How to live in a screwed up world (I don’t know)

Sometimes I’m actually not sure whether my sensitive soul can deal with living in this world. It seems that my heart (soul?) hurts more (when I’m exposed to the hardhships of life) as I get older, insted of less, as I’d expected.

When I was a child and I would cry about something like having a fight with my friend, or getting told off, or a small animal dying, it seemed like a fairly expected thing for a child to do, right? But as an adult, I find those things, and more, somehow even more painful than I used to.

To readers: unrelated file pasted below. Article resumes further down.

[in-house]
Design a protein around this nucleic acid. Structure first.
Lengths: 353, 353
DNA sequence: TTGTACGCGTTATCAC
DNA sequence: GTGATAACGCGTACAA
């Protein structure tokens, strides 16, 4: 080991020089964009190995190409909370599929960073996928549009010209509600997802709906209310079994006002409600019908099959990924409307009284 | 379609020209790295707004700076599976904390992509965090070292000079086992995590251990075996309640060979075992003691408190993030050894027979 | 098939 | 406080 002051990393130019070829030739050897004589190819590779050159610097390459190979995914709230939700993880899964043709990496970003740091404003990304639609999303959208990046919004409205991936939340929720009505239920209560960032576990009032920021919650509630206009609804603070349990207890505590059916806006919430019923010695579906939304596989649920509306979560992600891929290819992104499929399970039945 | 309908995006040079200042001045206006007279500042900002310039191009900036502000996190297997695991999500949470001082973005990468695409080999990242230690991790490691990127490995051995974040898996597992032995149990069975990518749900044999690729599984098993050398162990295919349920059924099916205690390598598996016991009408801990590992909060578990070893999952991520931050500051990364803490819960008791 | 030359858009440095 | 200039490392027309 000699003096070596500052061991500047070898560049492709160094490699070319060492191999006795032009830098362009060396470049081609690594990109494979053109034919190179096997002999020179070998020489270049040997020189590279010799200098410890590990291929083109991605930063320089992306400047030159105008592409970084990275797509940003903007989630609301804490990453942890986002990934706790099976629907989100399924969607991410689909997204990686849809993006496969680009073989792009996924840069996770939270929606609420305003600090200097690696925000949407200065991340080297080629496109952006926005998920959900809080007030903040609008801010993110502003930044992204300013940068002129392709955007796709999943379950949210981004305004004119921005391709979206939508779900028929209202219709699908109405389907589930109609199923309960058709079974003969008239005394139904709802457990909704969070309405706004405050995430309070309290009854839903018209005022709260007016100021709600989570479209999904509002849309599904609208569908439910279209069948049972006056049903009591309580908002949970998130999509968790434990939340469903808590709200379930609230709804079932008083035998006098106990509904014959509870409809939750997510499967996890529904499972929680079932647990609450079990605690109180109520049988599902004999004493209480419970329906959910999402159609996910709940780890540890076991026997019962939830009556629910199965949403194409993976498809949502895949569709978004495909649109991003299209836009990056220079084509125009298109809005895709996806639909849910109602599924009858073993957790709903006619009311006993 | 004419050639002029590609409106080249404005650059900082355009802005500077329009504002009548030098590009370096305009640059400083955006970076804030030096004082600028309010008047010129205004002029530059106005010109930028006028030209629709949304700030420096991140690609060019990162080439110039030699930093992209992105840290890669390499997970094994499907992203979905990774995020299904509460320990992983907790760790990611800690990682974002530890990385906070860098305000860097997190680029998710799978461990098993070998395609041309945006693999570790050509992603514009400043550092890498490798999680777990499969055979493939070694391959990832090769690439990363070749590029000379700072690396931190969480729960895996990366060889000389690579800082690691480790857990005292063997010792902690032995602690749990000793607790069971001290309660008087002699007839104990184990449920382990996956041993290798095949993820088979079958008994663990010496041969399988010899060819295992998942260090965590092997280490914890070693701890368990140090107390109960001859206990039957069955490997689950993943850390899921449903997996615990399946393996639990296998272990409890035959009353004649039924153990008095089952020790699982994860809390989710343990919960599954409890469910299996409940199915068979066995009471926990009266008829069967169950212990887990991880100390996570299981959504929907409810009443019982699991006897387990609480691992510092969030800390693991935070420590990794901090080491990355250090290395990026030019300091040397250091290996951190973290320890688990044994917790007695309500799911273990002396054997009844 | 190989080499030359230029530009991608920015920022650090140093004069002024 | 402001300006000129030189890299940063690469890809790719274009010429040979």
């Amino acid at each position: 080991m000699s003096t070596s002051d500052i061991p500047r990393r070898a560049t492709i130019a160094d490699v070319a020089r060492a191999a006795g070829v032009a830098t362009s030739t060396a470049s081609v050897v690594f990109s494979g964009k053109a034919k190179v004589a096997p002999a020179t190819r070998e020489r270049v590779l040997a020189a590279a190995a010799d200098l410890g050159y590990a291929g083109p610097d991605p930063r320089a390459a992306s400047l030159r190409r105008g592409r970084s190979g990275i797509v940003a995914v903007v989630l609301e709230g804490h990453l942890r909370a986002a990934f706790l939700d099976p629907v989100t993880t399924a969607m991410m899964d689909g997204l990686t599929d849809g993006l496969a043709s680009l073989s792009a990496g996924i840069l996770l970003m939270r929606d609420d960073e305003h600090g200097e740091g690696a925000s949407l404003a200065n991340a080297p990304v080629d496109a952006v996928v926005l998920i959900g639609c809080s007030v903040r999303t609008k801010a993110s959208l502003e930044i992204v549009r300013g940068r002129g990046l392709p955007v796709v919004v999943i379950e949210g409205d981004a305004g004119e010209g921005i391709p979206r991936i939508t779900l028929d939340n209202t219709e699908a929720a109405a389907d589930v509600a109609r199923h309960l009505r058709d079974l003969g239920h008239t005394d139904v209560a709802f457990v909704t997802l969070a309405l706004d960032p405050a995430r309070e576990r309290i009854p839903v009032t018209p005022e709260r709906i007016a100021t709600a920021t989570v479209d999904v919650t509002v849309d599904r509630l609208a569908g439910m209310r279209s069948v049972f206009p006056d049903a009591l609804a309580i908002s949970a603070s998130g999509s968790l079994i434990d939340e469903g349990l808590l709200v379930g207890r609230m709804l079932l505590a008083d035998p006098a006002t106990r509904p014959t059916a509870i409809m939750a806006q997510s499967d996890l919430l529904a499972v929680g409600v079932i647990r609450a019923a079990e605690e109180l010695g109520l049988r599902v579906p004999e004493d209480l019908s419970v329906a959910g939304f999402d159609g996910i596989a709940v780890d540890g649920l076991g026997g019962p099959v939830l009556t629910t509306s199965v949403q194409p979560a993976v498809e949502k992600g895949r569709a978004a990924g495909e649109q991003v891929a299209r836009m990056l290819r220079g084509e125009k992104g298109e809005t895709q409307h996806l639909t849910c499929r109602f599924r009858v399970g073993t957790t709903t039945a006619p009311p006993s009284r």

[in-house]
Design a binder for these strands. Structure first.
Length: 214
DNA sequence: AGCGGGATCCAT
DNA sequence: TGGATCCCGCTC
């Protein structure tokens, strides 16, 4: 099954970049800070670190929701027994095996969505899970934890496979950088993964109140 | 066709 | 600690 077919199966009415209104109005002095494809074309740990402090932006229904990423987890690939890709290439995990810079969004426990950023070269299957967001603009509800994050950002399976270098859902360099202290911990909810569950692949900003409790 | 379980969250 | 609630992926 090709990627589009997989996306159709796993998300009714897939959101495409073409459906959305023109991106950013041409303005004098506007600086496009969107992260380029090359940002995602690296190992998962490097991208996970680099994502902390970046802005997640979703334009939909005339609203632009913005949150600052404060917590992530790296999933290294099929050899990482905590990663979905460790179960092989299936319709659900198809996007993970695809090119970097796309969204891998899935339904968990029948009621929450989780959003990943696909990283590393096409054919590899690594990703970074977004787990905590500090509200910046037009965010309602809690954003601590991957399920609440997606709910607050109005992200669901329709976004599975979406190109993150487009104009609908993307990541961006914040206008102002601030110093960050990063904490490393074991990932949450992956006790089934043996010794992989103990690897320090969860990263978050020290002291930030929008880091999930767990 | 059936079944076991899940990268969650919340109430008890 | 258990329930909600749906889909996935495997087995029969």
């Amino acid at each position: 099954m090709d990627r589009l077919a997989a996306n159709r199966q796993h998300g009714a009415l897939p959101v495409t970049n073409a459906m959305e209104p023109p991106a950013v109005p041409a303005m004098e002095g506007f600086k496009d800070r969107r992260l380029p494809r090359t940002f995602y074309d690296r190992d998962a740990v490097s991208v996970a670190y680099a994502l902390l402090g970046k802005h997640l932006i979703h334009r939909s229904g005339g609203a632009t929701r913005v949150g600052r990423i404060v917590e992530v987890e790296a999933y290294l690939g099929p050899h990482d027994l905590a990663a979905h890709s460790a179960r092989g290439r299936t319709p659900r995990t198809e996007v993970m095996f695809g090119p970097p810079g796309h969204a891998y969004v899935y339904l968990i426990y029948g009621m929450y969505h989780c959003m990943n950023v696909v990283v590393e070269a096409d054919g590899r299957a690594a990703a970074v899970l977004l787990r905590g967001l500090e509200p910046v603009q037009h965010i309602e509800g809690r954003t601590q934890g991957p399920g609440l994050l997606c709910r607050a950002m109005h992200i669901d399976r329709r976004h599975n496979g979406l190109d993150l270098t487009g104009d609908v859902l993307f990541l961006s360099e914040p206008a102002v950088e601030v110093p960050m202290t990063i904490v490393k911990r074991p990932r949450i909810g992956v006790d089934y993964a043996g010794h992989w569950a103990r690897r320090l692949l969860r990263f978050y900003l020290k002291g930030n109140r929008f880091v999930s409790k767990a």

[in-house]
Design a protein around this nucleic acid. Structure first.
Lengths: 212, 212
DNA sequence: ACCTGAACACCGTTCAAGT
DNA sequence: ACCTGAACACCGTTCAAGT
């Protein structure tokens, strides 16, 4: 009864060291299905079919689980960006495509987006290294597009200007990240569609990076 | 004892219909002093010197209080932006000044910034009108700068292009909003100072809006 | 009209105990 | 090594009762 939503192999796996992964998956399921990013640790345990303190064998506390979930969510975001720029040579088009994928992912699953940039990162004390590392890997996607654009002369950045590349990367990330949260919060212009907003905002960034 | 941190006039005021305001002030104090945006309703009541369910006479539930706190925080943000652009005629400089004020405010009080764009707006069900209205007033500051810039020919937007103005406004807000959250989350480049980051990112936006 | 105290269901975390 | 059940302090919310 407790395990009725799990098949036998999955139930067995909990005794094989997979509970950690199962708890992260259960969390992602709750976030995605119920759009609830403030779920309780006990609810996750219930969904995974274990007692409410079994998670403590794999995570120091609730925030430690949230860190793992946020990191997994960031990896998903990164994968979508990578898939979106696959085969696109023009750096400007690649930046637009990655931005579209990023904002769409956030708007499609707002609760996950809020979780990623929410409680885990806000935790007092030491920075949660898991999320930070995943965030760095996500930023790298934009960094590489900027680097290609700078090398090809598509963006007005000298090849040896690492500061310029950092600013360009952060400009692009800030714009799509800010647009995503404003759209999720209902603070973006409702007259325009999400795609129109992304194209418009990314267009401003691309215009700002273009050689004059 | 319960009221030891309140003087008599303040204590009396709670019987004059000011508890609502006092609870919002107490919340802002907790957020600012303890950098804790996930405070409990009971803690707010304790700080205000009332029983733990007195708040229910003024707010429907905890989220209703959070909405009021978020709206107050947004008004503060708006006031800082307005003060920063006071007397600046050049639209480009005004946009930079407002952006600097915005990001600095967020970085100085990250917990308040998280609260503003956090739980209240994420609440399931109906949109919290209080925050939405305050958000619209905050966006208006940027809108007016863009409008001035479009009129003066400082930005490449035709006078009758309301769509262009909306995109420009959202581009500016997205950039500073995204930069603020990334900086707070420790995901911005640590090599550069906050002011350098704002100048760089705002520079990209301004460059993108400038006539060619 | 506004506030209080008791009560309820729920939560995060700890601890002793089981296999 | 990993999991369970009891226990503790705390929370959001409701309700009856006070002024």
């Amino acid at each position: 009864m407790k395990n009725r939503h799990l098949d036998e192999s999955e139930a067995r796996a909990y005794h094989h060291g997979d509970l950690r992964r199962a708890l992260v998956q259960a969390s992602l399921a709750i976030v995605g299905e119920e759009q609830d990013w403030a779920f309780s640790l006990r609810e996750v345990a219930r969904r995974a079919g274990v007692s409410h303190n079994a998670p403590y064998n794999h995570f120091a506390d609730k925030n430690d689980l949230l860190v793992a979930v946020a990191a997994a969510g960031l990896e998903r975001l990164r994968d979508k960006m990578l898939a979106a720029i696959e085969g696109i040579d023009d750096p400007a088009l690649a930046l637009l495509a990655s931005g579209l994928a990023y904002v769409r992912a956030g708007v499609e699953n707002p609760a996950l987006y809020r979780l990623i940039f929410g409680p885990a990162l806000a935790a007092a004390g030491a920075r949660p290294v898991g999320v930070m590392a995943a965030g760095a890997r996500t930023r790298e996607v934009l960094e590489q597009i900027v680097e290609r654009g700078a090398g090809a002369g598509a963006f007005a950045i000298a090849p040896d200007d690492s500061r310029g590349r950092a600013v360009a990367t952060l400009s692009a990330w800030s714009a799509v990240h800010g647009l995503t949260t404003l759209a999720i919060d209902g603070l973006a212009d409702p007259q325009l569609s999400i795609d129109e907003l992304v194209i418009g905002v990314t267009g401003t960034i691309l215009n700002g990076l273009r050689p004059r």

I used to walk around cities, as a late teenager/early 20’s adult, and seem homeless people, and…I don’t know exactly what I did. I still offered them food, but I wasn’t so saddened by their existence. Perhaps I found them a bit scary or something. But now, my heart aches every time I go into the Melbourne CBD, and see the (many!) people sitting curled up under blankets and carboard, on the concrete. Last night I was standing on the footpath at the edge of the street, waiting to cross at a set of lights. Ont eh opposite side was a man, who looked as though he’d fallen down. He had a black bag next to him, and he was kind of sprawled/hunched over, and holding on to one of his legs. I saw multiple people glance at him, and walk past. I thought, what the fuck? What if he’s hurt? When I crossed, I stopped and asked him if he was ok, if he was hurt. Just after I stopped, a guy riding past on a bike also stopped and asked the same question. The guy on the street couldn’t really answer, he was slurring his words a lot and didn’t seem to understand much of what we were saying. I guess he was wasted. Eventually he asked to be helped up; bike guy helped him and I got his bag for him. He was staggering around and I was worried he would fall onto the road and get hit by a car. Bikeguy was helping him figure out where he was going (Coburg?) so I left him to it. I had someplace to be, you know?